Telling somone you dont want another player


Advice


In general that is probibly difficult and interesting, but i have a particular situation right now.

I'm running a game with 3 players and have recently found my fourth player (a player more experienced than me, which is great since i'm a novice at table top RPGs in general). So now i have a nice 4 player party, with one experienced player to keep me right. I've spent time with them all, know thier backstories and know how i will give them all thier moment to shine in a given session or over a campaign.

Just now my housemate was like "oh yeah can i play with you guys on sunday?"

I dont think she really gets how much you have to put into making a character and roleplaying and stuff... i think she thinks its like joining a game of manopoly... On top of that i think i'm gonna struggle to juggle a party of 5 potench.

Anyways wondered if anyone had any advice?


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I would suggest setting her down with the Core book on a day before the game and trying to help her create a character. By explaining the character creation process it should give her a big clue as to how complicated the game can be. This will either make her more interested or turn her off from the game entirely. When my wife wanted to join a game I jumped at the opportunity and tried to set down with her to create a character. It took all of 10 minutes before she realized how out of her element this game was and she has never asked to join a game since (That being about 10 years). If your roomate does get more interested then dont get discouraged. This can be a positive thing. One it gives you and your roomate a common hobby. Another positive point is the rarity of female gamers in pen and paper. Having a female perspective when it comes to RP and adventure can be a great boon for any game.

I wouldn't turn her away. New gamers are a good thing. Its easier then you think to run 5 players vs 4. Its when you get to 6+ players that the game starts to break down. I would try it out and see what happens.


I don't think you'll find 5 more difficult than 4. That...and players come and go. Odds are, you may be back down to 4 at some point.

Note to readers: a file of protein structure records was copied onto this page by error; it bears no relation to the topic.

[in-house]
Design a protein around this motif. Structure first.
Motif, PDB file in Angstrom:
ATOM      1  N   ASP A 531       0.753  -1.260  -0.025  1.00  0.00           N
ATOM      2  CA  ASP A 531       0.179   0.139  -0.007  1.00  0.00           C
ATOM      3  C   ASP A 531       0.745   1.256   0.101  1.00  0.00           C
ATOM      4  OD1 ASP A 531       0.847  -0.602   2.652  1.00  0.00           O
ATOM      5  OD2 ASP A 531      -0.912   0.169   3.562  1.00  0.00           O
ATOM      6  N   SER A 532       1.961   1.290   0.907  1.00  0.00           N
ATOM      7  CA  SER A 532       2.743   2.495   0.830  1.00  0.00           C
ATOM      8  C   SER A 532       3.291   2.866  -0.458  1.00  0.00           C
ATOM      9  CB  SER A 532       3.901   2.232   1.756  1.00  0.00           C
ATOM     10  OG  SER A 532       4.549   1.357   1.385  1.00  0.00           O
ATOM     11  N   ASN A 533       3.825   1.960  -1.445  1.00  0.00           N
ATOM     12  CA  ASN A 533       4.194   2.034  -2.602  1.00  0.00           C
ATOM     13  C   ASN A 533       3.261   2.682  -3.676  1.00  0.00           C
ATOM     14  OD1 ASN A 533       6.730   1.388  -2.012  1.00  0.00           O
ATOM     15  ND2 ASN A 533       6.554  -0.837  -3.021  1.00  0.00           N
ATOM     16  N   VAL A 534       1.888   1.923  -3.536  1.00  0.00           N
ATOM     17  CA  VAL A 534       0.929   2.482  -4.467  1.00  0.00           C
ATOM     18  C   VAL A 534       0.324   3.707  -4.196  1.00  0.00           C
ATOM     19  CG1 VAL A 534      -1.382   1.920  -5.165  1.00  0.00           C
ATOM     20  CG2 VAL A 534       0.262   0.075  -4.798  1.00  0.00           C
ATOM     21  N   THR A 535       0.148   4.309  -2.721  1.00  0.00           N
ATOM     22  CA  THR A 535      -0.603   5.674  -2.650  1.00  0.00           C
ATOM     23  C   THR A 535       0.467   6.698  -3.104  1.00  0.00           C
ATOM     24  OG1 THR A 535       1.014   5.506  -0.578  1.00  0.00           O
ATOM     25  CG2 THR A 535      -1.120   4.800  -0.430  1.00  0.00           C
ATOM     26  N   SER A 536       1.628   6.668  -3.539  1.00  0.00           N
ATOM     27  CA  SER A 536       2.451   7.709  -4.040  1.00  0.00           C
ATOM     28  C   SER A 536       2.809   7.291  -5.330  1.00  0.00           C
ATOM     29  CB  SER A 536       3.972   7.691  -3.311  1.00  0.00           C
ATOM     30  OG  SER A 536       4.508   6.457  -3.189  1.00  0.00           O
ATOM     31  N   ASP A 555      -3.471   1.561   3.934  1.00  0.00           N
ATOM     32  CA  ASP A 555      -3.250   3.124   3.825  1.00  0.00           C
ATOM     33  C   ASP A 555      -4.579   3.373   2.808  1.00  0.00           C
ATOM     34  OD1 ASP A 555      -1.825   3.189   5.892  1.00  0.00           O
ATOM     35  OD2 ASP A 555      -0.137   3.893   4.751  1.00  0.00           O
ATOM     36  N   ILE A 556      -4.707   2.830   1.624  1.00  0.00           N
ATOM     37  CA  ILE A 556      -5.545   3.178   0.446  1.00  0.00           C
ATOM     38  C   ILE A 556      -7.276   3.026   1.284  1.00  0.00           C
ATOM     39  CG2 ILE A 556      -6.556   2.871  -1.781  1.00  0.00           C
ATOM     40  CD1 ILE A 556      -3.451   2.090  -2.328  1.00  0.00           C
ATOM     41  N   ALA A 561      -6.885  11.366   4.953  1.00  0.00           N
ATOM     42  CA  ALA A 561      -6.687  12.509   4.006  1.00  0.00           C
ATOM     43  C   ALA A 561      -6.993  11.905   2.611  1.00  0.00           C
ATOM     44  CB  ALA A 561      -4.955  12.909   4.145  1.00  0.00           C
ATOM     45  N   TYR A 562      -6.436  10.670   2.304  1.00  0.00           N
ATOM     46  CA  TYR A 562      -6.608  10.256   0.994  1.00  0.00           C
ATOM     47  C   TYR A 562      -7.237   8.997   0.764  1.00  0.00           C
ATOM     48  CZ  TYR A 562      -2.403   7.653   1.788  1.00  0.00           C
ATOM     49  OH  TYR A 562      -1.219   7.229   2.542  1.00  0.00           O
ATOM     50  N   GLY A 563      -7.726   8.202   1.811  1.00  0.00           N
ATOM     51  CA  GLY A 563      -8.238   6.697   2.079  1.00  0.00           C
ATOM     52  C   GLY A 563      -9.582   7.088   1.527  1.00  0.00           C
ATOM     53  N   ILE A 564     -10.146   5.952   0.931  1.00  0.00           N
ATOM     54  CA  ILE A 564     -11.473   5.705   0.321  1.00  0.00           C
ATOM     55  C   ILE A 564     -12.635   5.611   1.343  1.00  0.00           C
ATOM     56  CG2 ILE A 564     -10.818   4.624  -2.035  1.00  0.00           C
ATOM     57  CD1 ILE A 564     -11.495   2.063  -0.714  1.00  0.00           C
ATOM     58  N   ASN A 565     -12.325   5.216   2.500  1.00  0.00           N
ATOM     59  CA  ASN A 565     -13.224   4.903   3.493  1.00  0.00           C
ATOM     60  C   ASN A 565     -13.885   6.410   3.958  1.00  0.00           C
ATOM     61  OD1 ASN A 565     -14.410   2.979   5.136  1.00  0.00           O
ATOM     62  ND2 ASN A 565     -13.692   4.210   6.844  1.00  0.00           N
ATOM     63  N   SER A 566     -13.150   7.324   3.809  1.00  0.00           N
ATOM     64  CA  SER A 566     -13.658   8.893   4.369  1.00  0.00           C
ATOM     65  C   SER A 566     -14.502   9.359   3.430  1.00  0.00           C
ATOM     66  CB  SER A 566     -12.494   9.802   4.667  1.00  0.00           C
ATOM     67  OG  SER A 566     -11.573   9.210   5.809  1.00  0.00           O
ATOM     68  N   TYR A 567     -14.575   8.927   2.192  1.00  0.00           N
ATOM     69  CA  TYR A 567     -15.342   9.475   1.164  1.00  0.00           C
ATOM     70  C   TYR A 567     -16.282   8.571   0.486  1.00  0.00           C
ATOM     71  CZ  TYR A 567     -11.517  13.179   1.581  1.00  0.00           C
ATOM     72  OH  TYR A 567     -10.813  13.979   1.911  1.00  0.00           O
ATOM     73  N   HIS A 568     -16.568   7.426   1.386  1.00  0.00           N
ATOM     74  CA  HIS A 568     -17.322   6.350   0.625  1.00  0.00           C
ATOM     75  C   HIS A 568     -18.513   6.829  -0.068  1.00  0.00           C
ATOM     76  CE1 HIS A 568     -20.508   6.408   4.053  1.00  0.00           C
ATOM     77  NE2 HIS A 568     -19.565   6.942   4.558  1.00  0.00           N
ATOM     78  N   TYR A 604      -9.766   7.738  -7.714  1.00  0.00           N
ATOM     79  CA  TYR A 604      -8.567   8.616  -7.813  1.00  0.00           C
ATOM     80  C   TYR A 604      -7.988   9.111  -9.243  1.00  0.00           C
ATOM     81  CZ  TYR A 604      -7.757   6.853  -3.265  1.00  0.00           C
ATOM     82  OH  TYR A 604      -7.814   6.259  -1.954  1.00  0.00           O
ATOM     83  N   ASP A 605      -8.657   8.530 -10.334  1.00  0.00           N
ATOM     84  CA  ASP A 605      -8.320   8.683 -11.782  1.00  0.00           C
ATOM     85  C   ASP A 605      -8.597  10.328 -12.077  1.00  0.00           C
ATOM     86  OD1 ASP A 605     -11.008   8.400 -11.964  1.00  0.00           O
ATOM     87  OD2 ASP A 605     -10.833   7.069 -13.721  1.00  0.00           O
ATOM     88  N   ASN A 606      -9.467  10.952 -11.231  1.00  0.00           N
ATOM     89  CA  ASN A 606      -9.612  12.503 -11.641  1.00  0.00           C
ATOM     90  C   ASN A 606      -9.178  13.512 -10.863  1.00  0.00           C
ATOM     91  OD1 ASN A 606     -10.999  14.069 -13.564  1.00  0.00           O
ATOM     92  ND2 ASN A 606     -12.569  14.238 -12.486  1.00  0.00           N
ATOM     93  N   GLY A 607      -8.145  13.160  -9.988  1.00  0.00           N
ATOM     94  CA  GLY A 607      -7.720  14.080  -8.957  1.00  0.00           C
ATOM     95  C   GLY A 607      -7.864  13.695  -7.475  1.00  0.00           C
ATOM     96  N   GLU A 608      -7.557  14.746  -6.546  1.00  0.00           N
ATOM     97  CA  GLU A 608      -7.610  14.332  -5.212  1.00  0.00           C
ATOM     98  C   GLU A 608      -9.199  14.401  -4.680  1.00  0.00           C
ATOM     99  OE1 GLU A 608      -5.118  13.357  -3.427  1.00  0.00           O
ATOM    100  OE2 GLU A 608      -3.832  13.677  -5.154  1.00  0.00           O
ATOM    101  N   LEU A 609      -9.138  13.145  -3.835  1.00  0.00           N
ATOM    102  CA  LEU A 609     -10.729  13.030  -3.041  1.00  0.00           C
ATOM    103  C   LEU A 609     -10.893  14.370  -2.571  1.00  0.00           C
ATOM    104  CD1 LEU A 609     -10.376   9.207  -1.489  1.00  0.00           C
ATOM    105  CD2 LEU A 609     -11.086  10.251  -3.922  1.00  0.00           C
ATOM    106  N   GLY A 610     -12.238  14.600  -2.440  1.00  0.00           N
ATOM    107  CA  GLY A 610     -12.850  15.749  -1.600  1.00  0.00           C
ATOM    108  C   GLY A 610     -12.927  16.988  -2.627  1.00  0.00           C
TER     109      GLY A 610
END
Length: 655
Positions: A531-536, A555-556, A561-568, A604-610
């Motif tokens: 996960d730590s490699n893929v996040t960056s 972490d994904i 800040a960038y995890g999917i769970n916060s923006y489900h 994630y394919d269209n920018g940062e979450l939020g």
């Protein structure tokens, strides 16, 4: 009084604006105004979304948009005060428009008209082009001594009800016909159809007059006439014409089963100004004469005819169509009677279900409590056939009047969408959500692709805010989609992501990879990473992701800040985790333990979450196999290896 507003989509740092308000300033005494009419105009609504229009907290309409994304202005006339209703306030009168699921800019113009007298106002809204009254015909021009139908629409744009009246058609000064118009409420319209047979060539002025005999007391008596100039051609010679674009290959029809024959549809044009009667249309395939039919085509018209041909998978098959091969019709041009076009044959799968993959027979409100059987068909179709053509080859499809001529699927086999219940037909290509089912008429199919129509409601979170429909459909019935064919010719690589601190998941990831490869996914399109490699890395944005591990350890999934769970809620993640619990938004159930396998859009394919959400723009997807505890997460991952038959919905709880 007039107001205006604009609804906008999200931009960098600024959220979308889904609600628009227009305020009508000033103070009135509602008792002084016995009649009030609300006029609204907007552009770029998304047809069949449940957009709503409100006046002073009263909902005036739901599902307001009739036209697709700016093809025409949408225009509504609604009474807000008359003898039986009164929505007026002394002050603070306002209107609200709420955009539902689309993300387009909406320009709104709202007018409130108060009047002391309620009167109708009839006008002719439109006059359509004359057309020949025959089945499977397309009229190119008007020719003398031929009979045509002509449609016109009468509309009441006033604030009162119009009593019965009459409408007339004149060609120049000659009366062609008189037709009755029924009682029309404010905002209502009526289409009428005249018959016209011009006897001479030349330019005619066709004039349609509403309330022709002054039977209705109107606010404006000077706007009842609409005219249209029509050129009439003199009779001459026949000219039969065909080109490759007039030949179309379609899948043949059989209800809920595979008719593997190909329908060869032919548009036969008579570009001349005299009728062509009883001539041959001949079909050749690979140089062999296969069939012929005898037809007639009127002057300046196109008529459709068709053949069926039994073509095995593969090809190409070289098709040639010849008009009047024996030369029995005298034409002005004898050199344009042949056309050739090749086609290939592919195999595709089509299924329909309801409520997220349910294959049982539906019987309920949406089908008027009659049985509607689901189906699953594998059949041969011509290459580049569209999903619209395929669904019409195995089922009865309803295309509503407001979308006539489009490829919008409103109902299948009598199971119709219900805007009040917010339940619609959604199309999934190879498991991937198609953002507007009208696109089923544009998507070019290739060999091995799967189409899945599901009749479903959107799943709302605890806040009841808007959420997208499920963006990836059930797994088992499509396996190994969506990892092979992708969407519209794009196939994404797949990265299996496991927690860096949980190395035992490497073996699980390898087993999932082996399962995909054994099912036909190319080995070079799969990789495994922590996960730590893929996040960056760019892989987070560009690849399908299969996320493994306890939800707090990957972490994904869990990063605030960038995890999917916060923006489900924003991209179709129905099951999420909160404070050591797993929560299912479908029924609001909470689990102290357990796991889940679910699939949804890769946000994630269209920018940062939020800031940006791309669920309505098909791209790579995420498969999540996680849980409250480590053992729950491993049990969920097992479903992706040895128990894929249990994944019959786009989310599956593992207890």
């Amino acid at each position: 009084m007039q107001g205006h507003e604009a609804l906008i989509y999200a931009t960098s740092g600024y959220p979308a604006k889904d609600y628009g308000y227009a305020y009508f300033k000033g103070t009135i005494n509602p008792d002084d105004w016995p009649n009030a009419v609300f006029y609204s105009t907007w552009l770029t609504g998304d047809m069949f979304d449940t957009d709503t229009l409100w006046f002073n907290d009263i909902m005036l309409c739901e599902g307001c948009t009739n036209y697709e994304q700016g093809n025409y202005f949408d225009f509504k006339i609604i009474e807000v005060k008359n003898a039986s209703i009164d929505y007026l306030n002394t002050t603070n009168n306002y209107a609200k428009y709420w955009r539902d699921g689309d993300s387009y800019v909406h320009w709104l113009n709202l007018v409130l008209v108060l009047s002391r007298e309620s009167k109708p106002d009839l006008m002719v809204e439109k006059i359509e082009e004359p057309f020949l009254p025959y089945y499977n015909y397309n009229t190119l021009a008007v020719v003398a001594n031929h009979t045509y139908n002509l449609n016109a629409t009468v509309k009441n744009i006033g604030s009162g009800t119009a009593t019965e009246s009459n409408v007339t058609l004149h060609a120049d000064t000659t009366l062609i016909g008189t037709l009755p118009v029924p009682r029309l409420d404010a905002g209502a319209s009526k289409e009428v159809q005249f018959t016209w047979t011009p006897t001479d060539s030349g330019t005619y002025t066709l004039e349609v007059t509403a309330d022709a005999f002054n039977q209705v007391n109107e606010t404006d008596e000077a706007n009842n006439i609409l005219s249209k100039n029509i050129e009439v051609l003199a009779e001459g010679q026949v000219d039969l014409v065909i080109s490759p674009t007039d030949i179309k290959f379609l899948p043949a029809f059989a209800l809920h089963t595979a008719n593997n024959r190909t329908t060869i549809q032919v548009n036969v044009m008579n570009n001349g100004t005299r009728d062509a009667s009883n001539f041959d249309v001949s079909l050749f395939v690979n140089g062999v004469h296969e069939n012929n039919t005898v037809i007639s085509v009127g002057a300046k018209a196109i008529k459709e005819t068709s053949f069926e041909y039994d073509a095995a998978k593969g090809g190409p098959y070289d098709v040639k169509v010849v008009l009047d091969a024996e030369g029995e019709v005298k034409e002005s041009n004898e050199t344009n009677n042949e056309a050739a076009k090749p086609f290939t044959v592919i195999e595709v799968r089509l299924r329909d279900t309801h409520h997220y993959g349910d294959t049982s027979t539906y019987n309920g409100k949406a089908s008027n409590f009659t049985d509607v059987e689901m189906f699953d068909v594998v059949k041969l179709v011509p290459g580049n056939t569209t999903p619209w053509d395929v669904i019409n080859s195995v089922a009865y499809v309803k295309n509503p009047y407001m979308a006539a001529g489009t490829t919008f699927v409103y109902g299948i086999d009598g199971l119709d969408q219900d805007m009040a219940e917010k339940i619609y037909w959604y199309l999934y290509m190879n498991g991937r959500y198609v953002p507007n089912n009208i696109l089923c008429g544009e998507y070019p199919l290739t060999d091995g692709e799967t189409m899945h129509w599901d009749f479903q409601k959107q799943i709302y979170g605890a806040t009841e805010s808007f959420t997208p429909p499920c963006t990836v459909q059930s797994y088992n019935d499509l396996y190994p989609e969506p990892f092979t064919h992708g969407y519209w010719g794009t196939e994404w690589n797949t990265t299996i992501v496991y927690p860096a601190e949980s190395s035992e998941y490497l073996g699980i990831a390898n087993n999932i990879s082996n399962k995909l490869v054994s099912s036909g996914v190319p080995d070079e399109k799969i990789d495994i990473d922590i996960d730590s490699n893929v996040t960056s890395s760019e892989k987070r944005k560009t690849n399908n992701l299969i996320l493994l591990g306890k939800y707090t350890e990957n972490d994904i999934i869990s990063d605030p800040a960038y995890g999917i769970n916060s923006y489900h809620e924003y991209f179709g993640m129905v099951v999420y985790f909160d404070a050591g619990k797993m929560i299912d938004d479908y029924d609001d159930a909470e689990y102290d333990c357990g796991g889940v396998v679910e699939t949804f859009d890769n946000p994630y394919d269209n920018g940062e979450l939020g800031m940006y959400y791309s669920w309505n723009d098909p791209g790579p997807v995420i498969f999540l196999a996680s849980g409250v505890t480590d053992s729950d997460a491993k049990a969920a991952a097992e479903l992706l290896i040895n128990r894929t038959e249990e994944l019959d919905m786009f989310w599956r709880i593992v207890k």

Bumping up to six would require a bit more encounter balancing, but I think you'll be okay.

If your player is interested, I think you'd be doing yourself a disservice if you discourage their interest.

Liberty's Edge

Honestly, it is not that difficult to go from 4 to 5 players for the GM. Give her a simple pregen or NPC and see how she handles it. Maybe she will actually develop a true love for the hobby ;-)

Do not however put too much importance on her character staying with the party. This way, if she stops playing after the first session, you can get rid of her character without endangering your whole game


Well, be straight forward and honest. Tell her that you don't think your prepared or skilled enough to handle a larger party, and that your afraid she doesn't understand the commitment and work that can be participating in table top.

But, tell her that you'll keep her in mind for the next game you all play where (maybe) the GM will have more experience and can handle additional players.

Other than that theres not much to be said. As a GM and depending on your skill level is very valid to say "Sorry, not right now we have exactly the right number of players."

Dark Archive

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Or, you could say yes instead, thereby adding another player to the Pathfinder collective.


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Four - is a good basic number of players.

Five - is even better; if one player can't make it, you can still play.

Six - works okay.

Any more than that and things tend to get bogged down during combat.

So ... it's your game, but in your shoes I'd help her roll up a character and let her join.